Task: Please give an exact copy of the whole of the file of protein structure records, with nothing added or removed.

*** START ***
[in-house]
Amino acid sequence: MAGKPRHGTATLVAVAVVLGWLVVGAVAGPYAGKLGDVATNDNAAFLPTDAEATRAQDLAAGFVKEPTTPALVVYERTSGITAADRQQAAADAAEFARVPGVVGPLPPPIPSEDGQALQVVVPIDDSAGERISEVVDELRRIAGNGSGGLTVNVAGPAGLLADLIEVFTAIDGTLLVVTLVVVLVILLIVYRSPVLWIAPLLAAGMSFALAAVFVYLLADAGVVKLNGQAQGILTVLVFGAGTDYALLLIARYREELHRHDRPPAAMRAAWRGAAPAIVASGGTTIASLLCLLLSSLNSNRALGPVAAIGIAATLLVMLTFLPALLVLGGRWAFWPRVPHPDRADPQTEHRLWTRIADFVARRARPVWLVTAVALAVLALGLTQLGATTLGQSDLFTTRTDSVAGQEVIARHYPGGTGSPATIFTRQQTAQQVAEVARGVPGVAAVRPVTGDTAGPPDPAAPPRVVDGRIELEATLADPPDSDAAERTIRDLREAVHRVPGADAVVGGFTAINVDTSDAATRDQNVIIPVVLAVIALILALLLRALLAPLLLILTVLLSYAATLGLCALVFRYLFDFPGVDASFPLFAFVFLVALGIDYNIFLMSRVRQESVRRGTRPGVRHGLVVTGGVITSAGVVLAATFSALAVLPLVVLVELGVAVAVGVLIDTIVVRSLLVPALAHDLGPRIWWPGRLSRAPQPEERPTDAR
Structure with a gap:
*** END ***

[in-house]
Amino acid sequence: MAGKPRHGTATLVAVAVVLGWLVVGAVAGPYAGKLGDVATNDNAAFLPTDAEATRAQDLAAGFVKEPTTPALVVYERTSGITAADRQQAAADAAEFARVPGVVGPLPPPIPSEDGQALQVVVPIDDSAGERISEVVDELRRIAGNGSGGLTVNVAGPAGLLADLIEVFTAIDGTLLVVTLVVVLVILLIVYRSPVLWIAPLLAAGMSFALAAVFVYLLADAGVVKLNGQAQGILTVLVFGAGTDYALLLIARYREELHRHDRPPAAMRAAWRGAAPAIVASGGTTIASLLCLLLSSLNSNRALGPVAAIGIAATLLVMLTFLPALLVLGGRWAFWPRVPHPDRADPQTEHRLWTRIADFVARRARPVWLVTAVALAVLALGLTQLGATTLGQSDLFTTRTDSVAGQEVIARHYPGGTGSPATIFTRQQTAQQVAEVARGVPGVAAVRPVTGDTAGPPDPAAPPRVVDGRIELEATLADPPDSDAAERTIRDLREAVHRVPGADAVVGGFTAINVDTSDAATRDQNVIIPVVLAVIALILALLLRALLAPLLLILTVLLSYAATLGLCALVFRYLFDFPGVDASFPLFAFVFLVALGIDYNIFLMSRVRQESVRRGTRPGVRHGLVVTGGVITSAGVVLAATFSALAVLPLVVLVELGVAVAVGVLIDTIVVRSLLVPALAHDLGPRIWWPGRLSRAPQPEERPTDAR
Structure with a gap: